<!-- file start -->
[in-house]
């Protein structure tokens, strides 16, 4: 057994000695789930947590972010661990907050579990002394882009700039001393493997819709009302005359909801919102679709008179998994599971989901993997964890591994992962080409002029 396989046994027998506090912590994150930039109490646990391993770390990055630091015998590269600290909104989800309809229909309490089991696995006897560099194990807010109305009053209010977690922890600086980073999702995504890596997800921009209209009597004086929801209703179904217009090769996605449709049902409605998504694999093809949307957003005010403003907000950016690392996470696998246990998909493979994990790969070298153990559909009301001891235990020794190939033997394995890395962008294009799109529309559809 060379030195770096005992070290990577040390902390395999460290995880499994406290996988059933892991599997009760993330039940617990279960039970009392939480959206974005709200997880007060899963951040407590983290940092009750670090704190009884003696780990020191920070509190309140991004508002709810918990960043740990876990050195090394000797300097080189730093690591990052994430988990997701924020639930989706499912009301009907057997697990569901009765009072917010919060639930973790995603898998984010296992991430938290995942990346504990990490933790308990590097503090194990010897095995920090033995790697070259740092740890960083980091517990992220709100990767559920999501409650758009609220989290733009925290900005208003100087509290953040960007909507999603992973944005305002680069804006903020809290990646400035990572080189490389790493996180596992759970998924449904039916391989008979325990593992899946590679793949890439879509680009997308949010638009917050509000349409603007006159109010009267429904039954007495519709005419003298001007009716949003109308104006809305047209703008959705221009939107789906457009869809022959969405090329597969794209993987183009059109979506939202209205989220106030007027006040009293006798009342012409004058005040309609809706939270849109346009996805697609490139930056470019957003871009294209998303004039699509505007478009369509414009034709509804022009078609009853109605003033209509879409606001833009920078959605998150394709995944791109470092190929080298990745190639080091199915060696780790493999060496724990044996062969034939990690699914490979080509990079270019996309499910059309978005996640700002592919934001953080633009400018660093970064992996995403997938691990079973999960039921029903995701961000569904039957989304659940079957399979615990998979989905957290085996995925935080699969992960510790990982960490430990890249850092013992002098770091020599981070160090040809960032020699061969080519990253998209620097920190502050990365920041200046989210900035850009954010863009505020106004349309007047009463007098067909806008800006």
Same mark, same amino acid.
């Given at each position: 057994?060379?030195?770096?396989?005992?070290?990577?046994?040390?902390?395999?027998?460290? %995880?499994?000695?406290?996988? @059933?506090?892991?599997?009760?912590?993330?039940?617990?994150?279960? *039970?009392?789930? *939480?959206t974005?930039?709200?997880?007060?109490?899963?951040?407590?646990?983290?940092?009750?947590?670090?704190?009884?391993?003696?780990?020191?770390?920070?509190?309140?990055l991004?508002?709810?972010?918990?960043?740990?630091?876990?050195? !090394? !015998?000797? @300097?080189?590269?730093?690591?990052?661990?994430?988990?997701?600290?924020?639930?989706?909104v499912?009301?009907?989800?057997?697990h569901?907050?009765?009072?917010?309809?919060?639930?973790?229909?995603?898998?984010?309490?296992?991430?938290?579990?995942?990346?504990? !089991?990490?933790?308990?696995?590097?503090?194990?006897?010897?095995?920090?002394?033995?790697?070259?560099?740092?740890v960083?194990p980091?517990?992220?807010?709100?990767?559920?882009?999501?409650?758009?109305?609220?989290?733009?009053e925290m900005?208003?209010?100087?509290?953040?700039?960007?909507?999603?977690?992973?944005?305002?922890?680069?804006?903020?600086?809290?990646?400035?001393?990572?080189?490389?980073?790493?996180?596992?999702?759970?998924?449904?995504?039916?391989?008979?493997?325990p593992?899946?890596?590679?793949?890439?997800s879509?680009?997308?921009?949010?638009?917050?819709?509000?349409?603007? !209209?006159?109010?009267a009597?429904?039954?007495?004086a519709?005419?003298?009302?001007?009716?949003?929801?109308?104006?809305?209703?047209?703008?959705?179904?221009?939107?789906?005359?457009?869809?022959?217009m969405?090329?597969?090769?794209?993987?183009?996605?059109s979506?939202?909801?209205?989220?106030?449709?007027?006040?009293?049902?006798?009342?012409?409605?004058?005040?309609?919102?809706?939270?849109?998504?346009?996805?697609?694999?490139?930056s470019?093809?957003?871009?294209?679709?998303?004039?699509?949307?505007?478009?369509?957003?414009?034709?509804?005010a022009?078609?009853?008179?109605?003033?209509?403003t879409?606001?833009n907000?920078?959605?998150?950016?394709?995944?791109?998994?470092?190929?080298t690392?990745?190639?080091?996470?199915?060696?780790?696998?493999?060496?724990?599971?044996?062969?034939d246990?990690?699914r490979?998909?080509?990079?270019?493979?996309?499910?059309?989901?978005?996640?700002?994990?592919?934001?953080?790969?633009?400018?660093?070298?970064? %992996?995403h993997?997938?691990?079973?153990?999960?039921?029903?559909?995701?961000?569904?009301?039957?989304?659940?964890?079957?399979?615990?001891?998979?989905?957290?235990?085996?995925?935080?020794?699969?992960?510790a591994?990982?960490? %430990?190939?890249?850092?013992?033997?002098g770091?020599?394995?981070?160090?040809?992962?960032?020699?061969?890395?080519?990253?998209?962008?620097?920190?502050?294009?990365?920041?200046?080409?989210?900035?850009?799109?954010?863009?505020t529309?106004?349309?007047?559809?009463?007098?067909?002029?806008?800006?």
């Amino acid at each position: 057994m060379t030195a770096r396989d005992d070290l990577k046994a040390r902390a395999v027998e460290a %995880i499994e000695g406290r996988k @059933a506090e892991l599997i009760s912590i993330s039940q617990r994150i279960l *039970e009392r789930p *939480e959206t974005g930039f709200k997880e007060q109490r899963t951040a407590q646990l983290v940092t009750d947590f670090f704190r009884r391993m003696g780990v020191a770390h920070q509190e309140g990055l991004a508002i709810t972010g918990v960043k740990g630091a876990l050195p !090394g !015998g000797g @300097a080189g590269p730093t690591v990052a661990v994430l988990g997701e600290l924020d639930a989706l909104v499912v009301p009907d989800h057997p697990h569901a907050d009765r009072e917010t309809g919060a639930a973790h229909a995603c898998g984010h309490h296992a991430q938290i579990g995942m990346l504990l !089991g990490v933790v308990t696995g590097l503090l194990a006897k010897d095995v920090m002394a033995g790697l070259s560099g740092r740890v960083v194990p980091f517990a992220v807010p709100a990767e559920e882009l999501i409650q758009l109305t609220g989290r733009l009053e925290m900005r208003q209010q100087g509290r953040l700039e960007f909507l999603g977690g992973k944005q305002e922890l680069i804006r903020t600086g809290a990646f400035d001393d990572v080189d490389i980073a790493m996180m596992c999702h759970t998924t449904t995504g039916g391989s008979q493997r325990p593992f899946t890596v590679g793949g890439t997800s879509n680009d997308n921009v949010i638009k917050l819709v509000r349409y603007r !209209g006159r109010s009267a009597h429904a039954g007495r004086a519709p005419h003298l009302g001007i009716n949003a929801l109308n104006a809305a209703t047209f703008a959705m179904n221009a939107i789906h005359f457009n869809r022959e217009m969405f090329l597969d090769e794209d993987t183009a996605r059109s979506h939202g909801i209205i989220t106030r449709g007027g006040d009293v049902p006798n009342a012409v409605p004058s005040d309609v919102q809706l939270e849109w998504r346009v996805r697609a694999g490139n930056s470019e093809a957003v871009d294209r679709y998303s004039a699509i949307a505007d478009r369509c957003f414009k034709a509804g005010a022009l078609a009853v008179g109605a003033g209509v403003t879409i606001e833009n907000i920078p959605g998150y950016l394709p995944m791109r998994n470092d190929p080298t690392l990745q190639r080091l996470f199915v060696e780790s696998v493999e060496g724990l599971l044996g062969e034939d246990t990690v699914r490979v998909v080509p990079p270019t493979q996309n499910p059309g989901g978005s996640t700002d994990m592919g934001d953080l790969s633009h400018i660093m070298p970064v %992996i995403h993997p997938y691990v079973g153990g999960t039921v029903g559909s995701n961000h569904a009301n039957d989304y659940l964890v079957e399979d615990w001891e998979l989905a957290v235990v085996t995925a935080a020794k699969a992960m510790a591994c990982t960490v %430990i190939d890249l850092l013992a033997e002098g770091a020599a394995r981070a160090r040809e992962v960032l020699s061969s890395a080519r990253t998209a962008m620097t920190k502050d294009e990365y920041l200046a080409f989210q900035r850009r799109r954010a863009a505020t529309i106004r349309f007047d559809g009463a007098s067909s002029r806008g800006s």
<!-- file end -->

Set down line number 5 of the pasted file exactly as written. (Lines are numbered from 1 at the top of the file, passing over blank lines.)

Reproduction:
């Amino acid at each position: 057994m060379t030195a770096r396989d005992d070290l990577k046994a040390r902390a395999v027998e460290a %995880i499994e000695g406290r996988k @059933a506090e892991l599997i009760s912590i993330s039940q617990r994150i279960l *039970e009392r789930p *939480e959206t974005g930039f709200k997880e007060q109490r899963t951040a407590q646990l983290v940092t009750d947590f670090f704190r009884r391993m003696g780990v020191a770390h920070q509190e309140g990055l991004a508002i709810t972010g918990v960043k740990g630091a876990l050195p !090394g !015998g000797g @300097a080189g590269p730093t690591v990052a661990v994430l988990g997701e600290l924020d639930a989706l909104v499912v009301p009907d989800h057997p697990h569901a907050d009765r009072e917010t309809g919060a639930a973790h229909a995603c898998g984010h309490h296992a991430q938290i579990g995942m990346l504990l !089991g990490v933790v308990t696995g590097l503090l194990a006897k010897d095995v920090m002394a033995g790697l070259s560099g740092r740890v960083v194990p980091f517990a992220v807010p709100a990767e559920e882009l999501i409650q758009l109305t609220g989290r733009l009053e925290m900005r208003q209010q100087g509290r953040l700039e960007f909507l999603g977690g992973k944005q305002e922890l680069i804006r903020t600086g809290a990646f400035d001393d990572v080189d490389i980073a790493m996180m596992c999702h759970t998924t449904t995504g039916g391989s008979q493997r325990p593992f899946t890596v590679g793949g890439t997800s879509n680009d997308n921009v949010i638009k917050l819709v509000r349409y603007r !209209g006159r109010s009267a009597h429904a039954g007495r004086a519709p005419h003298l009302g001007i009716n949003a929801l109308n104006a809305a209703t047209f703008a959705m179904n221009a939107i789906h005359f457009n869809r022959e217009m969405f090329l597969d090769e794209d993987t183009a996605r059109s979506h939202g909801i209205i989220t106030r449709g007027g006040d009293v049902p006798n009342a012409v409605p004058s005040d309609v919102q809706l939270e849109w998504r346009v996805r697609a694999g490139n930056s470019e093809a957003v871009d294209r679709y998303s004039a699509i949307a505007d478009r369509c957003f414009k034709a509804g005010a022009l078609a009853v008179g109605a003033g209509v403003t879409i606001e833009n907000i920078p959605g998150y950016l394709p995944m791109r998994n470092d190929p080298t690392l990745q190639r080091l996470f199915v060696e780790s696998v493999e060496g724990l599971l044996g062969e034939d246990t990690v699914r490979v998909v080509p990079p270019t493979q996309n499910p059309g989901g978005s996640t700002d994990m592919g934001d953080l790969s633009h400018i660093m070298p970064v %992996i995403h993997p997938y691990v079973g153990g999960t039921v029903g559909s995701n961000h569904a009301n039957d989304y659940l964890v079957e399979d615990w001891e998979l989905a957290v235990v085996t995925a935080a020794k699969a992960m510790a591994c990982t960490v %430990i190939d890249l850092l013992a033997e002098g770091a020599a394995r981070a160090r040809e992962v960032l020699s061969s890395a080519r990253t998209a962008m620097t920190k502050d294009e990365y920041l200046a080409f989210q900035r850009r799109r954010a863009a505020t529309i106004r349309f007047d559809g009463a007098s067909s002029r806008g800006s």